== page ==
Curses, foiled again
After robbing a bank in Cornwall Bridge, Conn., Jason Durant, 32, tumbled down a steep embankment behind the bank, crashing into a snowplow blade at the bottom and breaking a leg in several places. The Waterbury Republican-American reported he also lost his gun and the stolen money, leaving him with only $2. He managed to reach his getaway car and drove to the hospital, where the medical staff, having been given a description of the robber and his likely injuries, called the police.
Police in Boulder said a restaurant employee was washing the restaurant's windows when a man walked up behind him holding a knife and demanded money. The employee brandished a squeegee, and the would-be robber fled.
Amanda Watkins, 26, told police in Greeley that when she told a 3-year-old boy to stop hurting a cat, the boy's mother attacked and beat her with a child's metal scooter, then fled.
El Paso, Texas, schools superintendent Lorenzo Garcia was celebrating the schools' performance on state test scores by giving principals high-fives. When Barron Elementary School principal Mary Helen Lechuga didn't raise her hand, Garcia tapped her on the head instead. The El Paso Times reported that Lechuga responded by filing a police complaint that Garcia assaulted her, saying she felt pain and feared what he might do next.
While more than 100 people on foot and in the air searched for a missing 62-year-old man in Carroll County, Ohio, Sheriff Dale Williams said he tried to use the man's cell phone signal to locate him. He told the Carrollton Times-Reporter that when he called Verizon to activate the signal, the operator refused because the missing man's bill was overdue and said that the sheriff's department would have to pay at least $20 of the unpaid bill. After some disagreement, Williams agreed to pay. As he was making arrangements, however, deputies discovered the man, unconscious and unresponsive, in an area where there is a Verizon cell phone tower.
Love's a blast
Iraqi veterans of the U.S. invasion of their country are taking advantage of their bomb-making skills to get back at anyone who blocks their path to true love. Spurned suitors have set off six small bombs in the Dora neighborhood of Baghdad in the past year, according to the New York Times, which reported that many former insurgents have experience making improvised explosive devices (IEDs) and a stash of TNT. "These guys, they face any problem with their girlfriends, family, anyone, and they're making this kind of IED," said Capt. Nabil Abdul Hussein of the Iraqi national police, adding that the so-called "love IEDs" so far have caused no reported deaths or injuries. "Usually they're putting them in front of the doors of their houses, not to kill, but to scare them."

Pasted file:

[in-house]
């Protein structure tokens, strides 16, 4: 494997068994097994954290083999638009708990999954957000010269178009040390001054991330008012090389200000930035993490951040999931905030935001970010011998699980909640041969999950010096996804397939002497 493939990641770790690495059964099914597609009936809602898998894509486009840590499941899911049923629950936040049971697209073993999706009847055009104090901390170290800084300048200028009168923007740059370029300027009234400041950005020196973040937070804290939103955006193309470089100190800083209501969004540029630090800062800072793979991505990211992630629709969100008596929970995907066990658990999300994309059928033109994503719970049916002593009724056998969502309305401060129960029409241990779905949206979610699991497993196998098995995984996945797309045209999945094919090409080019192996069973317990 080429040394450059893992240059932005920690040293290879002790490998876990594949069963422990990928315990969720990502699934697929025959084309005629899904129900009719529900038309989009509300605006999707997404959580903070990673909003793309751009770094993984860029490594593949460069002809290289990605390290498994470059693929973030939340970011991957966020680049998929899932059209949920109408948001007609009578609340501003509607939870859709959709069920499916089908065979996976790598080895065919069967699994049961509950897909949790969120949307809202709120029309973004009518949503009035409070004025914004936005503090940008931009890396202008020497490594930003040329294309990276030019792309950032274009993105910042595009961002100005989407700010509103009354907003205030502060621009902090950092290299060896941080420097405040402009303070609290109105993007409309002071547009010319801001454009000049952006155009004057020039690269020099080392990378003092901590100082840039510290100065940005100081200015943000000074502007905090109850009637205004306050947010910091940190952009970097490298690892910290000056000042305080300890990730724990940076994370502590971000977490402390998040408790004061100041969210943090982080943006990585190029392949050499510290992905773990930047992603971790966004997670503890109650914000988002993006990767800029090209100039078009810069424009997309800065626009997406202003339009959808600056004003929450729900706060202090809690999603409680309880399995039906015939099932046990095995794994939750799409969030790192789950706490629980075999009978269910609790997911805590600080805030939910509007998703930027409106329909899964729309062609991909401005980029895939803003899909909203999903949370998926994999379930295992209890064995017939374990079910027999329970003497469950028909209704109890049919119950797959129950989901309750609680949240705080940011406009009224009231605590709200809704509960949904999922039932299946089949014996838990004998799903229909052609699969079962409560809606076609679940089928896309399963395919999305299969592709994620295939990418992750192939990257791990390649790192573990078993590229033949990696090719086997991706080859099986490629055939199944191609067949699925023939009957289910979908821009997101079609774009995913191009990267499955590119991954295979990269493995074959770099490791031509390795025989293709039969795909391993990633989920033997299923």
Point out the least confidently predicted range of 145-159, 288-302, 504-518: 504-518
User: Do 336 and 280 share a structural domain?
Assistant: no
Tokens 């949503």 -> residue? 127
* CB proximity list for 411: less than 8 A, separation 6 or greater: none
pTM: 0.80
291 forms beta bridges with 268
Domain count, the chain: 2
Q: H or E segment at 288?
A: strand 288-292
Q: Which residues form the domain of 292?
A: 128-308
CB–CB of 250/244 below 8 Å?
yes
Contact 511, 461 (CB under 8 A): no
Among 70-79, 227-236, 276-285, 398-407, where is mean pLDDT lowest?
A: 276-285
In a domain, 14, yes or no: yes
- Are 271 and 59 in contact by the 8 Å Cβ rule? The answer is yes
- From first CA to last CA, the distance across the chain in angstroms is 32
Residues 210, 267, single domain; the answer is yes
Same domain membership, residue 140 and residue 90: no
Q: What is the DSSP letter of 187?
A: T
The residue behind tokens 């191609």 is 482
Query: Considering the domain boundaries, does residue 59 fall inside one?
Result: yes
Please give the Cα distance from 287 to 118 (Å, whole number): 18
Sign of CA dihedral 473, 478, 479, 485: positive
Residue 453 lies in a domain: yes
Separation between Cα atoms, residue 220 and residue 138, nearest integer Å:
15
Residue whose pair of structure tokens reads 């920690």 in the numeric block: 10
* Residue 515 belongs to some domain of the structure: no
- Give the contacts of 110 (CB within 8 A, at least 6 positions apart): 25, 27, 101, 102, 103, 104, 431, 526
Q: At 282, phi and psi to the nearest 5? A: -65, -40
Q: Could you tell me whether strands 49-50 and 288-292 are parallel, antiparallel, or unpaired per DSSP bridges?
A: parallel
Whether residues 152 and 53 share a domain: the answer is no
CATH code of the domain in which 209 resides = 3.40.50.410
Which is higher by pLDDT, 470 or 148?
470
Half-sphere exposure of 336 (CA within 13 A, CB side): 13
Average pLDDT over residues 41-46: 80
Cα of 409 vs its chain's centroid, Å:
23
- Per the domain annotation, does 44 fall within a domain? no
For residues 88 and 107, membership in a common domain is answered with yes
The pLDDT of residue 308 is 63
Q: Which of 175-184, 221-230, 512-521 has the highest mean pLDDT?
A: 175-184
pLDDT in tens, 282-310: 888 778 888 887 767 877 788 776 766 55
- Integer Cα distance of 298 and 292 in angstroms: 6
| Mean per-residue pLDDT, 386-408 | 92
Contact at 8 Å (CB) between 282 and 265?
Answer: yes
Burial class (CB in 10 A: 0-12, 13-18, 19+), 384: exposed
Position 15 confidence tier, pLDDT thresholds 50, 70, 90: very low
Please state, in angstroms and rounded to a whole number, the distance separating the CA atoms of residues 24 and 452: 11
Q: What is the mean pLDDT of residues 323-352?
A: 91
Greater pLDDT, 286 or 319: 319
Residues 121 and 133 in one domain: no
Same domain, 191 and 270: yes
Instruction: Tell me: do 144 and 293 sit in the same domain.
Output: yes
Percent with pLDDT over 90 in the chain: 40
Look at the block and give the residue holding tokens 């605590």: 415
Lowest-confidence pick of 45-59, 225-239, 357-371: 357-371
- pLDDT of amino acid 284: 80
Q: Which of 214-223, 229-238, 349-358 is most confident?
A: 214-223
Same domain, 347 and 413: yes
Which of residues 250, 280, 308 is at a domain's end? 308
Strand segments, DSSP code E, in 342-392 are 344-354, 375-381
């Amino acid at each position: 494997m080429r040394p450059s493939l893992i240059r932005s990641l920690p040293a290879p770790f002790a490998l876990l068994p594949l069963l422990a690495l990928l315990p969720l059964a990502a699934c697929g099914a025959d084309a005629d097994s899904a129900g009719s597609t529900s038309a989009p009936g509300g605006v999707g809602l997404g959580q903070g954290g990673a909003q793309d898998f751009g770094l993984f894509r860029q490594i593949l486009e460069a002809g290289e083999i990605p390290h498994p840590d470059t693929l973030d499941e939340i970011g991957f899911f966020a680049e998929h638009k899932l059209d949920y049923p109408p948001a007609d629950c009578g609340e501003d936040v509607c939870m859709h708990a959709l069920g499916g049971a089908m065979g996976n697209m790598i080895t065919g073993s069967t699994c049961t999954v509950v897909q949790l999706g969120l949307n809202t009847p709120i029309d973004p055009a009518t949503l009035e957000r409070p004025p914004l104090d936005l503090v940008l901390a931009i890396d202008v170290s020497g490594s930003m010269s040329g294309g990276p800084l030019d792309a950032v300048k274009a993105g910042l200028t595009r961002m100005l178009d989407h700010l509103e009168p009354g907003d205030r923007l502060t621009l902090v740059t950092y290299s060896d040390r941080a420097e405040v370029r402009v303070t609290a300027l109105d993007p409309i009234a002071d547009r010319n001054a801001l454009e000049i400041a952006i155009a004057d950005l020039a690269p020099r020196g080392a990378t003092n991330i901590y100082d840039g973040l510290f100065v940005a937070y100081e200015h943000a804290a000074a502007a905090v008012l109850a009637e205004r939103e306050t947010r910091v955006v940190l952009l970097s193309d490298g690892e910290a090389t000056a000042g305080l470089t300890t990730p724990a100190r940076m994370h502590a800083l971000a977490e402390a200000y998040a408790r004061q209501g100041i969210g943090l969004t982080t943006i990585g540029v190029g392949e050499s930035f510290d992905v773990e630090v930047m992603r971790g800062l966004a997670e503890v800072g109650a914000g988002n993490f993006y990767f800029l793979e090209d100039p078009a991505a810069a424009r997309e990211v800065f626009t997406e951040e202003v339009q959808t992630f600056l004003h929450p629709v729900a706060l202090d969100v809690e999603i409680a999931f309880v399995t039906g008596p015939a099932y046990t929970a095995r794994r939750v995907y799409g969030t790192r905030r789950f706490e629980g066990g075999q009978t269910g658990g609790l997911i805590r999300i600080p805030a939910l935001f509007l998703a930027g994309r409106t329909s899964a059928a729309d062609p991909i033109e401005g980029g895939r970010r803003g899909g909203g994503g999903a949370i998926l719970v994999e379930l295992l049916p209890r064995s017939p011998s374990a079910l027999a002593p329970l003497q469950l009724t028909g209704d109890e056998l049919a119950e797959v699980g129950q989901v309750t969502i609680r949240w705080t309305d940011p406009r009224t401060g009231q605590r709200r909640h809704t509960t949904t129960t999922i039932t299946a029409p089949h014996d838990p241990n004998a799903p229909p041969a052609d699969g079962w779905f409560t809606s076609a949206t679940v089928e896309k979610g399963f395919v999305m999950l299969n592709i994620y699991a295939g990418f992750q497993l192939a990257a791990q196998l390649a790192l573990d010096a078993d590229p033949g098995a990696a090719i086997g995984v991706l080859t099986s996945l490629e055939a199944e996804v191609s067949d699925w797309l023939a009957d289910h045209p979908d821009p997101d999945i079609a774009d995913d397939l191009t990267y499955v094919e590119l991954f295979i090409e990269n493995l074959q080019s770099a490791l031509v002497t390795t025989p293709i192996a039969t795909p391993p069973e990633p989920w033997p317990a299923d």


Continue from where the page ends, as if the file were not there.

In one case, police said a Shiite man, who wanted to marry the daughter of his family's Sunni neighbor but was rejected, planted a bomb in front of his own house and accused the neighbors of being Sunni terrorists, No arrests were made, and the bomb turned out to be a dud. Then the man planted a second bomb, which exploded and damaged both houses. The Shiite family was forced to flee after receiving death threats, but as they left, they sprayed the Sunni family's house with automatic-weapons fire.
British gardeners have begun using wallabies to keep their lawns trimmed. All that prospective owners need, according to the Times, are at least a half-acre of land, a lot of grass and a tall fence. The high-hopping marsupials, natives of the Australian outback, are being bred in England, where the biggest supplier is Waveney Wildlife, which bred wallabies for 25 years, mostly for zoos and animal parks, Five years ago, owner Trevor Lay started getting inquiries from individuals. To keep up with demand, he now breeds 35 wallabies a year, but said, "If I had 100, I could easily get rid of them." Wallabies cost from $237 for a male to $1,108 for a female. Albino wallabies sell for $791 for a male, $1,583 for a female.
New York City dermatologists reported a surge in tattoo laser removals, which they attribute to people worried about making the right impression when they apply for a job. "People can't afford to handicap themselves because of a tattoo in a tight job market," Dr. Jeffrey Rand, founder of Manhattan's Tattoo Removal Center, told the New York Post.
The newspaper reported that erasing a tattoo requires monthly laser treatments to break up the pigment dye under the skin. Each treatment takes about two minutes and costs at least $200. A small tattoo can take a year to remove. Dermatologists the Post surveyed said at least 25 percent of tattoo-removal clients are erasing the name of an ex.
A 31-year-old British man showed up at a London clinic with gross abnormality and ulceration of the penis as a result of using a high-pressure pneumatic grease gun to inject oils under the skin to give himself more confidence sexually. "The girth of the man's penis continued to grow, and he was no longer able to achieve an erection," urologist Manit Arya said after providing "urgent treatment." BBC News reported men injecting themselves with Vaseline and other oils to increase the girth of the penis is common in Asia and that the trend is catching on in Great Britain and the United States.
After the starvation death of a disabled teenager in Philadelphia and subsequent charges against her case worker and a supervisor for making "ghost visits" to the family's home, federal authorities charged four social workers and four founders of the company responsible for making home visits to needy families. The company, MultiEthnic Behavioral Services, had a $1 million-a-year contract with the city. "At some point," U.S. Attorney Laurie Magid said, "they realized they could get paid for doing nothing."
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